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Evasive content

July 16, 2007

The second word in the title is CONtent, the noun, as in the substance of something. The content that is evasive is the essence of what is meant by conTENT, the adjective.

Pastor Kelly visited our church and our sister church this past Lord’s day, and his content was anything but evasive. It was penetrating, convicting, and encouraging.  He threaded two messages about repentance and obedience through the parable of the two sons at Matthew 21:28-32. The first son, the hypocrite, says “Yea, Lord,” and does nothing he says he will do. The second son says, “I will not,” but later repents and obeys his father and goes to work in his father’s vineyard. This of course is the believer, the one who will not, but who is given by God to repent and obey the Gospel, and to go to work in the Lord’s vineyard.

It should make us very uneasy to contemplate whether we are indeed about our father’s work in the vineyard, just because we think we said we would. I am at times very uneasy as to whether I’m looking at vines around me, or trappings I have made for myself.

The content of the third message was a hard saying that dovetailed with the first two. Pastor Kelly’s text was Philippians 4:11-12, and the content was contentment. Contentment is not something we can attain for ourselves by bringing about the good life. What if all the trappings are taken away? Paul asserts he has learned to be satisfied in himself, how to be abased and how to abound, and how to suffer privation. He hasn’t learned to enjoy privation, but he has learned to be content with God’s providence. Paul is content, even though he does not know how God will use all of the trials he has endured, for his own good and the good of the the entire Church.

I am afflicted with the sin of discontent constantly. I rail against God’s providence and lobby continually for my own convenience, aesthetic preferences, restoration of lost abilities, and changes of venue. But this is where the third message dovetails with the first two. I catch myself being discontent, I try to do better. Really, I do, I try so very hard. All the time. I try because this is what I can do. But no, the message was not to try to do better; it was that nowhere are we commanded to try to do better. All we are commanded to do is to trust Christ. This means do not try to lean on him. Wait for him to bend you to himself.  It means that I cannot pursue contentment. I have to wait to be conformed to its source.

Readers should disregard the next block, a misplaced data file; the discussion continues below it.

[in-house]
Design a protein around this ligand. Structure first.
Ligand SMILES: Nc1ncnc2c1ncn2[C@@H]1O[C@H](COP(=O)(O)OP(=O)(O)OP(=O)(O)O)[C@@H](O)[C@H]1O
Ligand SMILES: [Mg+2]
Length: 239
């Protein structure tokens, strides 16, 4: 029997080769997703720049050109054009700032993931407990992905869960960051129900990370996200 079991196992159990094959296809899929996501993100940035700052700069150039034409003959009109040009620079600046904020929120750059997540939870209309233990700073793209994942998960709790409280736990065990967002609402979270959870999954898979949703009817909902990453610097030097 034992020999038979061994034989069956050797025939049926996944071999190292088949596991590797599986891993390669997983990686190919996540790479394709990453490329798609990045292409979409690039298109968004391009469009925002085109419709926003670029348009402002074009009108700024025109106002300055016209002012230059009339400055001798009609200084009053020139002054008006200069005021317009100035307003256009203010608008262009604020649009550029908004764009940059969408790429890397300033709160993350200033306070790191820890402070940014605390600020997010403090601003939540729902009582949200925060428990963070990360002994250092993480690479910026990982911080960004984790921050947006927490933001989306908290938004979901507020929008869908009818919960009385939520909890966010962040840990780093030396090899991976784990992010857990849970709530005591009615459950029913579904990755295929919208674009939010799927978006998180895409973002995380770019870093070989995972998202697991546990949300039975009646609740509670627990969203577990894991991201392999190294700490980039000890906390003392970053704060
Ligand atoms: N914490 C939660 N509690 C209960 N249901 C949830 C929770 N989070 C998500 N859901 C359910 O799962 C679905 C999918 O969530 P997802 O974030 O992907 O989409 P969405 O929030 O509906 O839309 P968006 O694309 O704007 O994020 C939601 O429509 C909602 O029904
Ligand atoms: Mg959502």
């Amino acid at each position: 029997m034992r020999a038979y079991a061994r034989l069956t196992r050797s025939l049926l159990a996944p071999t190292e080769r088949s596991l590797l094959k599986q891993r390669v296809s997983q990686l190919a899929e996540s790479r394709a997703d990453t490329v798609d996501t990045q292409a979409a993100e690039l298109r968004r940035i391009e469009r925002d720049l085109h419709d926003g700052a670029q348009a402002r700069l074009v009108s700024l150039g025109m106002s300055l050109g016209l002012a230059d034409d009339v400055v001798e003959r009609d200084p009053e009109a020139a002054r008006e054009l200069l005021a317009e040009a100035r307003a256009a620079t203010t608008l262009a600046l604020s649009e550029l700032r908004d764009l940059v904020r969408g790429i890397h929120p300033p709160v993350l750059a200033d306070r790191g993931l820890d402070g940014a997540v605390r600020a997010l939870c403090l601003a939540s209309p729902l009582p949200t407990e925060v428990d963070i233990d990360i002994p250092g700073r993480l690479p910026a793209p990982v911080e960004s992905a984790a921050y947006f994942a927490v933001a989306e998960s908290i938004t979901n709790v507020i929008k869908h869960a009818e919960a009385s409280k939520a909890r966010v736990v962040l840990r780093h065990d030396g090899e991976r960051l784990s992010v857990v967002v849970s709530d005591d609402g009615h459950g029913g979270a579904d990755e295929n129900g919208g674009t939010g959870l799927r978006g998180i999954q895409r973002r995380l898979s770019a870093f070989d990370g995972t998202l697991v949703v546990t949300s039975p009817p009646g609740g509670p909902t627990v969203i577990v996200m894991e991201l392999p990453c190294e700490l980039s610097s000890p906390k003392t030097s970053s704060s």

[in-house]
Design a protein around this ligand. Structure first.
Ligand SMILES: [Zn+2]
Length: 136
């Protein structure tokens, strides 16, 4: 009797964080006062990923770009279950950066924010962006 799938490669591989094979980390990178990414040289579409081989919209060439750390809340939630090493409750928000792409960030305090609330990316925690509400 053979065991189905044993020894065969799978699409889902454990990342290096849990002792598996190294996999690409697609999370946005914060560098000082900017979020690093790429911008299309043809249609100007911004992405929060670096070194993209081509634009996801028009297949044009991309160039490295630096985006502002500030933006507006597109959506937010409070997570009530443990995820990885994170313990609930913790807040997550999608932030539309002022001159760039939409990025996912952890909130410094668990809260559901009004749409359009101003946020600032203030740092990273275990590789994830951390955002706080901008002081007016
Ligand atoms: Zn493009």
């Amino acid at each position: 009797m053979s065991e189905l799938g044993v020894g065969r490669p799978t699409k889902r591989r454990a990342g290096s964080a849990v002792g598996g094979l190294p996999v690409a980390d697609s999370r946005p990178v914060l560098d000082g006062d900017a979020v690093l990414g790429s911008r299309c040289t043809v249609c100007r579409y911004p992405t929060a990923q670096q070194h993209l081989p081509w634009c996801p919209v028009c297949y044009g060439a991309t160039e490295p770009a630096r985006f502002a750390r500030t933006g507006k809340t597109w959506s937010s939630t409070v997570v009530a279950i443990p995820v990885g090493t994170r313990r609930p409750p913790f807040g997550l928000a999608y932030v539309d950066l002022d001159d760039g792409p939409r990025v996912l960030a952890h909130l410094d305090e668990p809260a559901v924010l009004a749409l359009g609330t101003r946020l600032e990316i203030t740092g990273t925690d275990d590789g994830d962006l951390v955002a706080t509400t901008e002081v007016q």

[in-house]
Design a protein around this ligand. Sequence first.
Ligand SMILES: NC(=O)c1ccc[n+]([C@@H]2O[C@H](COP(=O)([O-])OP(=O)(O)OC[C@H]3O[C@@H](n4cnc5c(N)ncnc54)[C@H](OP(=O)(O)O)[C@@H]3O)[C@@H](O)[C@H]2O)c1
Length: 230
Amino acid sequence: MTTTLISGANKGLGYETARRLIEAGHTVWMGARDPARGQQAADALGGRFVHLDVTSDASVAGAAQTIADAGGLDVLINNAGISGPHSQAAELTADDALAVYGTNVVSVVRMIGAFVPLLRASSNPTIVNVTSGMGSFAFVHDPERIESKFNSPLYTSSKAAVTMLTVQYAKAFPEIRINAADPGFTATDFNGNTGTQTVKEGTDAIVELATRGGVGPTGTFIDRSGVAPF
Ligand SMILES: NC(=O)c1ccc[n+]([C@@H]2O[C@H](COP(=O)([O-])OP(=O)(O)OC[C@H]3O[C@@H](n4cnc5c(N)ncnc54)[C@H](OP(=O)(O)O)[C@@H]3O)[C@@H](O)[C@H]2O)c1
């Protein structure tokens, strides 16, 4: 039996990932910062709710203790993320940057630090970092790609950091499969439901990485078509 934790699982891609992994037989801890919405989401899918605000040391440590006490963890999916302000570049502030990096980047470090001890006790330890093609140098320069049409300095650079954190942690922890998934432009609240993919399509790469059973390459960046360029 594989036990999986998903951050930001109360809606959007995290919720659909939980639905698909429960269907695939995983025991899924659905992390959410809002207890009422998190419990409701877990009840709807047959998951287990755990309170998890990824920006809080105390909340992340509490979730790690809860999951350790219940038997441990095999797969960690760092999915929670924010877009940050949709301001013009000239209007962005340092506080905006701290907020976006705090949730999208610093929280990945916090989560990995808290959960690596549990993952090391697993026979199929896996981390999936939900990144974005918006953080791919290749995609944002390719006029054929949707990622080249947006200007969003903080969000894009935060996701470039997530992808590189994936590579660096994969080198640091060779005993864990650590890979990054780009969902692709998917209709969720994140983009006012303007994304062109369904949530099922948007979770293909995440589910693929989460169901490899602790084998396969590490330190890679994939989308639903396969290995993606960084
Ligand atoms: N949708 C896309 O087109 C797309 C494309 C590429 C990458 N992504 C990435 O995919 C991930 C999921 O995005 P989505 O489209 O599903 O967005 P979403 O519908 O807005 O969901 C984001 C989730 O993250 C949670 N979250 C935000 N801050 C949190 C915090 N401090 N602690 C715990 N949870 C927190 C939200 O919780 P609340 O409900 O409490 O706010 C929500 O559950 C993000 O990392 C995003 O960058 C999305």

My alter ego is a bunny. Bunnies are such simple creatures; they don’t take in much. But my bunny ego takes on everything from dealing with the perils of life in a violent, hideous city to feeling ocular migraines for me. The thing is, I got some really good news from a friend last night who actually has real bunnies, so she should know. Bunnies can be trained.

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7 Comments
  1. scribbles2day permalink
    July 16, 2007 12:18 pm

    “…the Lord giveth and the Lord taketh away. Blessed be the Name of the Lord.”

    God is glorified in showering his grace on miserable, unthankful sons. For them to be content is to be like poor Jonah and his gourd. A sad sight indeed.

    It’s also a bit funny I think. We have riches unspeakable and yet with all of our complaining we only get a gourd.

  2. July 16, 2007 12:47 pm

    I’m glad that bunnies can be trained. Bunnies probably like vineyards too.

    Paul in Phillipians spends a lot of time telling us the difference between doing it on our own and being conformed by God’s providential hand. In chapter 3 he tells us how he could have boasted of his background and abilities, but it was all dung. And in the same breath, he tells us to press toward the mark.

    Work in the vineyard is hard work, but the yoke is easy when we submit to his rule and have the righteousness that comes through faith in Christ. . . .” that I may apprehend that for which also I am apprehended of Christ Jesus.”

    Remarkable how the Matthew 21 and the Phillipians 4 messages tie together.

  3. July 16, 2007 1:00 pm

    Yeah, I thought it was remarkable set.

    Paul does say in Philippians 3:12 that he pursues the prize; but later says, “I do not count to have got possession myself…”

    This will always be a mystery, and the key is that we are not in charge of solving it. What a relief for bunny.

  4. July 16, 2007 1:05 pm

    And then there was Popeye’s “life verse”, which really applies to all of us:

    1Co 15:10 “But by the grace of God I am what I am: and his grace which was bestowed upon me was not in vain; but I laboured more abundantly than they all: yet not I, but the grace of God which was with me. “

  5. July 16, 2007 1:14 pm

    I never aspired to have the same life verse as Popeye, but he made a good choice.

  6. July 16, 2007 1:21 pm

    I wonder if Paul was referring to the ‘fight of faith’?

    I also thought of Lazarus, full of sores at the rich man’s gate and how content he is. (of course that’s a parable but I like to think of Lazarus as the worst of the worst of us.)

  7. July 16, 2007 1:53 pm

    Parables are always used to illustrate the worst of the worst of us. Hence the Pharisees’ testy habit of picking up stones. They thought they were the very model of righteousness. How dare the Lord say otherwise?

    Pastor Kelly also said men naturally hate authority unless it’s in their hands.

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